Several religions have their spiritual leaders. For example, the Catholic faithful have the Pope who presides over the church activities and proceedings. Other denominations have bishops and kings just like during the time of the Vikings, in which they had gods such as the Odin that controlled the universe.

The gods were highly respected and adored. Sacrifices and rituals were offered and conducted to appease them in case of wrong doings in the community. The spiritual leaders had the right to approach the gods in case of any problem believing they would get solutions. And the gods protected them in return.

Norse religion was not homogenous due to great geographical distance that existed between Scandinavian settlements and peoples. This led to a variety of customs and rituals based on a commonality of belief and purpose so they could understand each others' customs, traditions and myths.

Sacrifices played a major role in most of their rituals and communal feasting on the meat of sacrificed animals together with the consumption of beer. All this activities are included in the calendar festivals and was repeated annually.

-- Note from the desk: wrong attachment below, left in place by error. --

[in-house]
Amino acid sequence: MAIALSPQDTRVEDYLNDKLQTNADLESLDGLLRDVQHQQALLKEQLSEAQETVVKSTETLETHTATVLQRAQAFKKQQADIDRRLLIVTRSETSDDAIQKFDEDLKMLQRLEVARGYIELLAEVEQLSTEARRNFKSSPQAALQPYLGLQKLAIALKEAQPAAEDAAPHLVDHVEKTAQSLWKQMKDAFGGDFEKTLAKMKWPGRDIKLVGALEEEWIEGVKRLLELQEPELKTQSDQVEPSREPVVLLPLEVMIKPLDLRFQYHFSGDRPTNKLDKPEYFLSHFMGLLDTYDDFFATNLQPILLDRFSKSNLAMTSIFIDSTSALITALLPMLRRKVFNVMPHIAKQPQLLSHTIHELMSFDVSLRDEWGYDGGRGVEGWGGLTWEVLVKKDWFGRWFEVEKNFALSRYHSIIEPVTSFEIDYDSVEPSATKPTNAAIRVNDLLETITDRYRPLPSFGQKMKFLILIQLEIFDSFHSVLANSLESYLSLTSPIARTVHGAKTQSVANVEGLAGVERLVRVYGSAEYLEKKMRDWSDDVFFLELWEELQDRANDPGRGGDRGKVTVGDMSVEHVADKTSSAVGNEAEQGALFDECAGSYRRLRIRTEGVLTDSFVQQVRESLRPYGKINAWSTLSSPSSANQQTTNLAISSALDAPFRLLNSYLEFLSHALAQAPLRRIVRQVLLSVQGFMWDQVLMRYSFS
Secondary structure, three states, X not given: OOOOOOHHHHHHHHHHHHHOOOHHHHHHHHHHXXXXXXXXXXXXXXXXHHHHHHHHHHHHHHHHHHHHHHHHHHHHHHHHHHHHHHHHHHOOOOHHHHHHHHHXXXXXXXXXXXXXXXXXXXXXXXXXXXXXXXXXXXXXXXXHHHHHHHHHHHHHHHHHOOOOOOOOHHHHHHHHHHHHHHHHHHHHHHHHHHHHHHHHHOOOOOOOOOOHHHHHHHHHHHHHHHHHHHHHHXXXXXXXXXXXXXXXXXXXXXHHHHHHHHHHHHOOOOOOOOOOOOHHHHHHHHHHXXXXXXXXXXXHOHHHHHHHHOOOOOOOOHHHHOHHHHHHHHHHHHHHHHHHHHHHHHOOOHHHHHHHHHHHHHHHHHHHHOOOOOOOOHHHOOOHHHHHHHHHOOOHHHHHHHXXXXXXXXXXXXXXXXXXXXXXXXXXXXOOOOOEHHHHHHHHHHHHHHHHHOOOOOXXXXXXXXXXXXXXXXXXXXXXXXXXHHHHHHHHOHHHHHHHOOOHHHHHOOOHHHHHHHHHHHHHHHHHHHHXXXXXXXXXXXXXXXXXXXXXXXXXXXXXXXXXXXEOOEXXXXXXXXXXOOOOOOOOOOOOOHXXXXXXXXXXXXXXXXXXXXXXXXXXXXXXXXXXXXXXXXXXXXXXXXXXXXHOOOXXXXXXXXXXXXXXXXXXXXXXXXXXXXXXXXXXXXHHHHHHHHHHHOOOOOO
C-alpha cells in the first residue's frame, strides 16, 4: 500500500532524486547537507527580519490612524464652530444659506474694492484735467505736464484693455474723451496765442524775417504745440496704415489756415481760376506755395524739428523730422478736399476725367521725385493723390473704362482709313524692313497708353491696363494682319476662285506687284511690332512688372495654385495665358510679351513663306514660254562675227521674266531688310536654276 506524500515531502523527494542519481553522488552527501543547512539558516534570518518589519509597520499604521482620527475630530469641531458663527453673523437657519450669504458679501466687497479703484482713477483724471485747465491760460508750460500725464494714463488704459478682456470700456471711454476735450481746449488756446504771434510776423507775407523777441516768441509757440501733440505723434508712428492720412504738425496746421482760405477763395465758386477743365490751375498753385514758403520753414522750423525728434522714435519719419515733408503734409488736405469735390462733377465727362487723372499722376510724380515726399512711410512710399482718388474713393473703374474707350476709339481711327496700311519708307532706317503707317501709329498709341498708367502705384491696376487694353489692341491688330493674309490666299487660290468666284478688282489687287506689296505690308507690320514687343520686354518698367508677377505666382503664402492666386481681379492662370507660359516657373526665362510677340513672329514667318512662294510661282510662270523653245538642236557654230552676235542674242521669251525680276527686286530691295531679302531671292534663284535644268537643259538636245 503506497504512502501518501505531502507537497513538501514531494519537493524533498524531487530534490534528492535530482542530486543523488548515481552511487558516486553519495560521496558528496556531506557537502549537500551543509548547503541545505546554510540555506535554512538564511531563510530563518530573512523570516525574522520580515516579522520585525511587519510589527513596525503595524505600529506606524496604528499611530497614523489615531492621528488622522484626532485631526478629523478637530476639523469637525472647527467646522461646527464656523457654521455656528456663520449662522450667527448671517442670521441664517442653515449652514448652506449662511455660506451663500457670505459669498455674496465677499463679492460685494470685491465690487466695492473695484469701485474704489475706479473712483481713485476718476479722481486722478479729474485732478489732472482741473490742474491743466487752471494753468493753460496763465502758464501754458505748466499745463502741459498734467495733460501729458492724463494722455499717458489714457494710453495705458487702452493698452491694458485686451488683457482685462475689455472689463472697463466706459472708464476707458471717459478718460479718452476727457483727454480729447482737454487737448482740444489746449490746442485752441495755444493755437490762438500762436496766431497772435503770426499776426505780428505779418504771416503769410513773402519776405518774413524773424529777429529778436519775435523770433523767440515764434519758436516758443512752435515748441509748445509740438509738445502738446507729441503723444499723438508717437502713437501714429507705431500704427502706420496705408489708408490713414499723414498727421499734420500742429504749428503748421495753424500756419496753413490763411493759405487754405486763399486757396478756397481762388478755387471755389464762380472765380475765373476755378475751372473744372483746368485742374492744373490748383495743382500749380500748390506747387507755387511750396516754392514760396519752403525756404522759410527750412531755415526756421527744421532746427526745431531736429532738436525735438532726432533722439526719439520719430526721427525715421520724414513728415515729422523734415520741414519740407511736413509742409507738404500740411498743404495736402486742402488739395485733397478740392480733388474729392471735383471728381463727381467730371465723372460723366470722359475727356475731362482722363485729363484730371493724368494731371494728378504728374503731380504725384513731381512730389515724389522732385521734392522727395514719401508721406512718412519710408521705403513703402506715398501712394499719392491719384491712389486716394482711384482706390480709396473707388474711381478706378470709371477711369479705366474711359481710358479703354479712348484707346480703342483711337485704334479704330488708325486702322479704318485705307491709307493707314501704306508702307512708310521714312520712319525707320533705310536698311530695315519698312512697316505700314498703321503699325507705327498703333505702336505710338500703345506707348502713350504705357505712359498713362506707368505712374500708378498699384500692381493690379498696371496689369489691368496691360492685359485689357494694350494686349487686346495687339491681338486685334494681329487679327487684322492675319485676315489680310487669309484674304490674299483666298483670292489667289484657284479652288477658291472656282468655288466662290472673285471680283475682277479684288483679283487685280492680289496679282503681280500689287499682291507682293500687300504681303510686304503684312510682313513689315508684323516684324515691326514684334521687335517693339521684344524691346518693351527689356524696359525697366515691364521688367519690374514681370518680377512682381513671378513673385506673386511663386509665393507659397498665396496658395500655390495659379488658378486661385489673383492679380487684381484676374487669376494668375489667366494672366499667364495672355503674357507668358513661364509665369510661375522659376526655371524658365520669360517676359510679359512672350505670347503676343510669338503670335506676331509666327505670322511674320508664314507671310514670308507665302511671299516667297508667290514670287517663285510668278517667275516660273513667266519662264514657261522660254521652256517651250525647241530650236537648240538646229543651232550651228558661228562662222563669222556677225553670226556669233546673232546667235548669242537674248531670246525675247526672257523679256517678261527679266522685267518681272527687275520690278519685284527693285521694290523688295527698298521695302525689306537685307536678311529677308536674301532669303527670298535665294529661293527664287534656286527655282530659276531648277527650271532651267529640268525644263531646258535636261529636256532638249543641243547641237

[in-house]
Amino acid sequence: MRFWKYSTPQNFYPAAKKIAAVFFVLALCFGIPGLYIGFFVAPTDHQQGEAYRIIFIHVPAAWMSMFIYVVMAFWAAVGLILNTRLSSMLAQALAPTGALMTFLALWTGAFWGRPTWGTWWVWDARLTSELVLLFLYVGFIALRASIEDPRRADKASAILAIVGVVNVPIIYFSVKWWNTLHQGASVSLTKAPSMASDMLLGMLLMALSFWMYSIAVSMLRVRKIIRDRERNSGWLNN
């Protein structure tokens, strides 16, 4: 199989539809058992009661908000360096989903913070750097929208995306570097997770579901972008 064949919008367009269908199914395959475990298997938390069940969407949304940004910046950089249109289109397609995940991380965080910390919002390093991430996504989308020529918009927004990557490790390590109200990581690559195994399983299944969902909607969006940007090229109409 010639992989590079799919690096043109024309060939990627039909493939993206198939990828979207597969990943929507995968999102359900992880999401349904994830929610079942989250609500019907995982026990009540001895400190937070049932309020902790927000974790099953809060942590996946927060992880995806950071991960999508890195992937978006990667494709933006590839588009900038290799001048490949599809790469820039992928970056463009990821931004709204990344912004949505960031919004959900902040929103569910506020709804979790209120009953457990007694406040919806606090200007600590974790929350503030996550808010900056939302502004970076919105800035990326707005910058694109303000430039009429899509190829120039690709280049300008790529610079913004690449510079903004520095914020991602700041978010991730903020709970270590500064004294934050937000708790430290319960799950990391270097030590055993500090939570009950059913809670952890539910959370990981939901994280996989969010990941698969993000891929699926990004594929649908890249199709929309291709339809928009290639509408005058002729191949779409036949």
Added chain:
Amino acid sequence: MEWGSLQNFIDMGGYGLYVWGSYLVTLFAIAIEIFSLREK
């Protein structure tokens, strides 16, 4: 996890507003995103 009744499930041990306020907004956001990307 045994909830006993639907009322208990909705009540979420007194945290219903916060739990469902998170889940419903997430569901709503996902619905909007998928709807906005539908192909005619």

Currently sacrifices are being offered in many denominations. For example, foodstuffs like grain and meat are offered to mark the beginning of the celebrations. The believer mentions their success and achievements, including corrections of their failures, which is normally conducted by their spiritual leaders.

Each community has its own way of celebrating which could take place in their joined central church or in smaller shrines. The Vikings sacrificed to ensure fertility and growth, however, certain traditions for example births, wedding, and burials could also be the reason for such activities.

Most modern societies hold burial ceremonies in which members also take part. Prayers and rituals are normally done, including pouring of libations. People could drink, eat and celebrate until dawn.

This ensured that the dead is sent peacefully to join its ancestors. The bereaved are also comforted and left with some members of the family to console them for a certain period of time. They are given food and money to enable them to better adjust to the loss of the deceased.

The Vikings were feared for they were great warriors. The destiny of the Norse gods was in their hands on the battlefield.
The warrior believed that those who were lucky enough to die in battle would go to Valhalla. For one to qualify to be a warrior they had to believe that Valhalla exists and is the ultimate reward for a life lived with courage and bravery.

The Vikings were an agricultural people who were also known for their skills as navigators and boat builders. They had good knowledge of of the sea as evidenced by their frequent attacks on English monasteries and settlements during 7th Century C.E.








Jotunn Loki


Thank you so kindly for taking the time to read this essay, please share your thoughts with me for I do appreciate them very much.  I  send my love to you all, have a wonderful weekend
From the Fairy lady

No comments :

Post a Comment